530 Years Too Late: The Reinterment of King Richard III

This week, the remains of King Richard III commenced the processed of reinterment to be reburied at Leicester Cathedral, nearly 530 years after he was killed at the Battle of Bosworth in 1485.

He was buried with an integrity that he should have received the first time around. The remains consisting of his bones made a final visit to the Battle of Bosworth to be honoured with a gun salute in Bosworth historical re-enactment style, and parading through the streets of Leicester, following a cathedral service. All of this was televised, with large crowds of people turning out to watch the procession, and throwing flowers on the coffin as it went by.

Richard III’s reburial route. Source: independent.co.uk

He was finally laid to rest yesterday, after another service, at Leicester Cathedral.

The Discovery of Old Bone

This journey of Car Park to Catherdral has been quite a story.

The Richard III Society was discovered underneath a Leicester car park in 2012 by Philippa Langley. A dedicated Ricardian*, she started up a project called ‘Looking For Richard’, as she was sure that he was buried at The Greyfriars, and that he was still there, despite the abbey disappearing during the Dissolution of the Monasteries.¹ She even dispelled the belief that his bones had been thrown into the River Soar afterwards.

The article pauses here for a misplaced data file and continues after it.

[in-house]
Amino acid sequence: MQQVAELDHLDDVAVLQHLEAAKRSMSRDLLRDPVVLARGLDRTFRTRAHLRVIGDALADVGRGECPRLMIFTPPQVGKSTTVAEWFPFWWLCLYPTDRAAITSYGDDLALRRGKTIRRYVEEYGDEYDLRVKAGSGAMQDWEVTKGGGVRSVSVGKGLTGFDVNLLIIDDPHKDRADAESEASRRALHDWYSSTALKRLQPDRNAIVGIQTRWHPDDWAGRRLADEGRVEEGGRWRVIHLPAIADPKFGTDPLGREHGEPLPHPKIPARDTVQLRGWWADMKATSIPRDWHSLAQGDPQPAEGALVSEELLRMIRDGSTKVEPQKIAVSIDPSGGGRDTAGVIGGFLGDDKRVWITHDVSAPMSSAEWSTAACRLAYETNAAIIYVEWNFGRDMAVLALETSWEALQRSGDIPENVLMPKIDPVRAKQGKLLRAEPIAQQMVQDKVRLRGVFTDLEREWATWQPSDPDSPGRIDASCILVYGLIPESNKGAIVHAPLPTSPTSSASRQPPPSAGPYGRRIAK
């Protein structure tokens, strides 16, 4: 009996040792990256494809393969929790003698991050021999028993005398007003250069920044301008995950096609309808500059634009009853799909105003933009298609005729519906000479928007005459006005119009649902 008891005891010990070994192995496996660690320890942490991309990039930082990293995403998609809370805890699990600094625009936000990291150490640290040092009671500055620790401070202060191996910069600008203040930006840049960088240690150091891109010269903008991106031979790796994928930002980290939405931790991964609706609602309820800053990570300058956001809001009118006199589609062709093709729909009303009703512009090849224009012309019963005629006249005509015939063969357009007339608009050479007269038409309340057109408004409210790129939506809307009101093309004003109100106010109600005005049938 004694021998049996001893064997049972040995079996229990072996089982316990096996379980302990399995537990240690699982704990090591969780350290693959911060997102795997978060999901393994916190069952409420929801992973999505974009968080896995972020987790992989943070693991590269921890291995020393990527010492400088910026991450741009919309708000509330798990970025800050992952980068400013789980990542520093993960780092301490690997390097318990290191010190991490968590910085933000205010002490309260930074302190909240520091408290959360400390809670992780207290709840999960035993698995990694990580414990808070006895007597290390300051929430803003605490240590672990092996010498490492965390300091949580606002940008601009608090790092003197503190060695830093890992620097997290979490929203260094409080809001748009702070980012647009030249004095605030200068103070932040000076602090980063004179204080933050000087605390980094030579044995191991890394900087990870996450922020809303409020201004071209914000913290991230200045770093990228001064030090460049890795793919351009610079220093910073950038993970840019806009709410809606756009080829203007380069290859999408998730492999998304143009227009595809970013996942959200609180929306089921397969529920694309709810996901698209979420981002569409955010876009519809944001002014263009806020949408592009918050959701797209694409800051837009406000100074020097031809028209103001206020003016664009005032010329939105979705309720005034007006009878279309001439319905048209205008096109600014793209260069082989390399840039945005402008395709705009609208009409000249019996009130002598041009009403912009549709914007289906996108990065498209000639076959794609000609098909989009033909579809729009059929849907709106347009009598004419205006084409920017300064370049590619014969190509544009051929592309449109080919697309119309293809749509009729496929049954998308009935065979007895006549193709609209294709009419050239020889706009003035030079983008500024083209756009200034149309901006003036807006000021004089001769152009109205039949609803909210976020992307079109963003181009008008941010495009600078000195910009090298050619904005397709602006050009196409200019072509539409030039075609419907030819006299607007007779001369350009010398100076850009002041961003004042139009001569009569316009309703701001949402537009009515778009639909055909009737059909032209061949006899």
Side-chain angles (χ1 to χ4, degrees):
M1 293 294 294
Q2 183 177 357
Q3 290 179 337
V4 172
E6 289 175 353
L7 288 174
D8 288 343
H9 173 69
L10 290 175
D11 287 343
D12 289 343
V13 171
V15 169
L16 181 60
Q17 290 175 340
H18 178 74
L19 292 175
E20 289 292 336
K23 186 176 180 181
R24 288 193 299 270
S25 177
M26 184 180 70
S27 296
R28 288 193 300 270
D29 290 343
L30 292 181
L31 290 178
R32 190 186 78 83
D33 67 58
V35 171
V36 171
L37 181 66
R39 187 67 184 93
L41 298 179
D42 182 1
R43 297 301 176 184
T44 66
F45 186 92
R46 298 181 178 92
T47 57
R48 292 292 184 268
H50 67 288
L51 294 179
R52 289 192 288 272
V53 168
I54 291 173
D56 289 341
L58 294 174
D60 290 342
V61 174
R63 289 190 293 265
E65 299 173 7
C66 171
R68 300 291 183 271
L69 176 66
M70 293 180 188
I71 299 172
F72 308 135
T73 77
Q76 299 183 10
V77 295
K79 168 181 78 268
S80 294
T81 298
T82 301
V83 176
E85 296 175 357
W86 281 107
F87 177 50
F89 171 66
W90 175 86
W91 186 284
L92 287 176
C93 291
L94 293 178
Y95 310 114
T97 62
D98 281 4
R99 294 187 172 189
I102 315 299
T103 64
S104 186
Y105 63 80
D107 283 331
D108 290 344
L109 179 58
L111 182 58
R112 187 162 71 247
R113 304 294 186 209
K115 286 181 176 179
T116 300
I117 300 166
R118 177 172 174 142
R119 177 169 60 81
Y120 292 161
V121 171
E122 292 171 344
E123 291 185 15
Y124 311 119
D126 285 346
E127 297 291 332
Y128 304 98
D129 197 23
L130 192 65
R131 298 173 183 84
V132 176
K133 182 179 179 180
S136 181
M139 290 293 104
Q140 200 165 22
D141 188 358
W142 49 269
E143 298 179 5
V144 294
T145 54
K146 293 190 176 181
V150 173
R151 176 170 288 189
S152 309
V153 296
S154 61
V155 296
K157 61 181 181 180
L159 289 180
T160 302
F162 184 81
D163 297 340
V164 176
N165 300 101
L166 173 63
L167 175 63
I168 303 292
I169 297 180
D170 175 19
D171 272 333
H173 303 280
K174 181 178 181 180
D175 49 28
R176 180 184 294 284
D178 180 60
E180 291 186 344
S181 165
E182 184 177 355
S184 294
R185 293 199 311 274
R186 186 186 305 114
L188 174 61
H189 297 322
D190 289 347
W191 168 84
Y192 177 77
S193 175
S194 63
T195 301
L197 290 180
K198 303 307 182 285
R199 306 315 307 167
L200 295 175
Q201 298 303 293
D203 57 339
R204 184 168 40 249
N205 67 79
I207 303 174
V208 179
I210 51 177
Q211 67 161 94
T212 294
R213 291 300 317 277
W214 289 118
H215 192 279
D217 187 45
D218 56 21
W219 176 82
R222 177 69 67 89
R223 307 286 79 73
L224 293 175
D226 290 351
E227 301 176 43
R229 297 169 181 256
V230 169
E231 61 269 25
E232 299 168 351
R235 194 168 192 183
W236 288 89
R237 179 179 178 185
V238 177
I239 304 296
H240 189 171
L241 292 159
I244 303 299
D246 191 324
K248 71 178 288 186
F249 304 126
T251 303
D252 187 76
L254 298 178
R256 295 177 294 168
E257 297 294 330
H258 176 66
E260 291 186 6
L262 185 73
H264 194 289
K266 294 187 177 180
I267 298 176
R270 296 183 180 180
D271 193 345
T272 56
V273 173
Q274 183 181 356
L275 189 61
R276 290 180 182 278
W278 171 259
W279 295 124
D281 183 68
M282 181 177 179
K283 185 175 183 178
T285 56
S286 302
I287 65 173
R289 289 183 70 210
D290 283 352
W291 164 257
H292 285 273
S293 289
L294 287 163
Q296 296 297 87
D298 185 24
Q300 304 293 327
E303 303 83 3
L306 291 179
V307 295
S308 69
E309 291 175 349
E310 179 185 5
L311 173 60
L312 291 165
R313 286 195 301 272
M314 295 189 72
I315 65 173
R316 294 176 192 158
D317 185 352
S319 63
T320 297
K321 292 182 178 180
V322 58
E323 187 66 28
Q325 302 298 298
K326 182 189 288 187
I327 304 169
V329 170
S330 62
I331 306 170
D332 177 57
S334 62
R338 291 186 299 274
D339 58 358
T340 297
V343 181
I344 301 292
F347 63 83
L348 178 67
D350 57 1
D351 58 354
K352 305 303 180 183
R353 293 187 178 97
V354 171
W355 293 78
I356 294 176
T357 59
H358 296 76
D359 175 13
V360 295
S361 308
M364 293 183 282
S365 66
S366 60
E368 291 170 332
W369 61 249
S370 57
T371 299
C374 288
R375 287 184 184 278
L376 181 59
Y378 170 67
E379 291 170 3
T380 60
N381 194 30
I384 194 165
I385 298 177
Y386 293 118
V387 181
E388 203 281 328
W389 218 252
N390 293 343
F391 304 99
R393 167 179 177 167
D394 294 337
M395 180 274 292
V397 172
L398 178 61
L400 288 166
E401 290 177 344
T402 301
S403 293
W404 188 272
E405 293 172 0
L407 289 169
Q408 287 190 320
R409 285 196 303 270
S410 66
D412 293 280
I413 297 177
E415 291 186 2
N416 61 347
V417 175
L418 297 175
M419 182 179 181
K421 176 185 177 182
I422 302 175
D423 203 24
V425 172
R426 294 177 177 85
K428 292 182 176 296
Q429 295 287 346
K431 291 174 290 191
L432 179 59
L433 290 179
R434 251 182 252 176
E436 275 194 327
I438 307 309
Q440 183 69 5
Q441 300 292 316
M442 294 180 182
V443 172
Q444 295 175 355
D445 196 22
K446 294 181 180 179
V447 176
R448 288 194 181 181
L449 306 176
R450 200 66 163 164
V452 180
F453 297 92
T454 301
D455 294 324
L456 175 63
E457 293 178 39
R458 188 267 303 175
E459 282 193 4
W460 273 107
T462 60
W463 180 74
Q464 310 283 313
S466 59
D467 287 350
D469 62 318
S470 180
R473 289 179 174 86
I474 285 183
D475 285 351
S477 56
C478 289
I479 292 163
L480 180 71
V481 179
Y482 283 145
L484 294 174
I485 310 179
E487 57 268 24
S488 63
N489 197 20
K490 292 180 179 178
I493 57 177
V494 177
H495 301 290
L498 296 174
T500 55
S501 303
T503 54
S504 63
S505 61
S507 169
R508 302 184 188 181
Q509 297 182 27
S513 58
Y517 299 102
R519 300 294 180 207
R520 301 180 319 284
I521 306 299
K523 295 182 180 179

The remains consisting of his bones made a final visit to the Battle of Bosworth to be honoured with a gun salute in Bosworth historical re-enactment style.

After three years of Langley checking maps and persuading Leicester council, the car park was dug up, only to find him under a space labeled R, which was a bit of a coincidence. I saw the documentary, Richard III: The King In The Car Park (Channel 4), which focused on the discovery of the King’s remains, and it’s quite amazing how they even found it!

The Car Park of Discovery. Source: Leicester Mercury.
Where the abbey would have been in comparison to the modern city. Source: Daily Mail.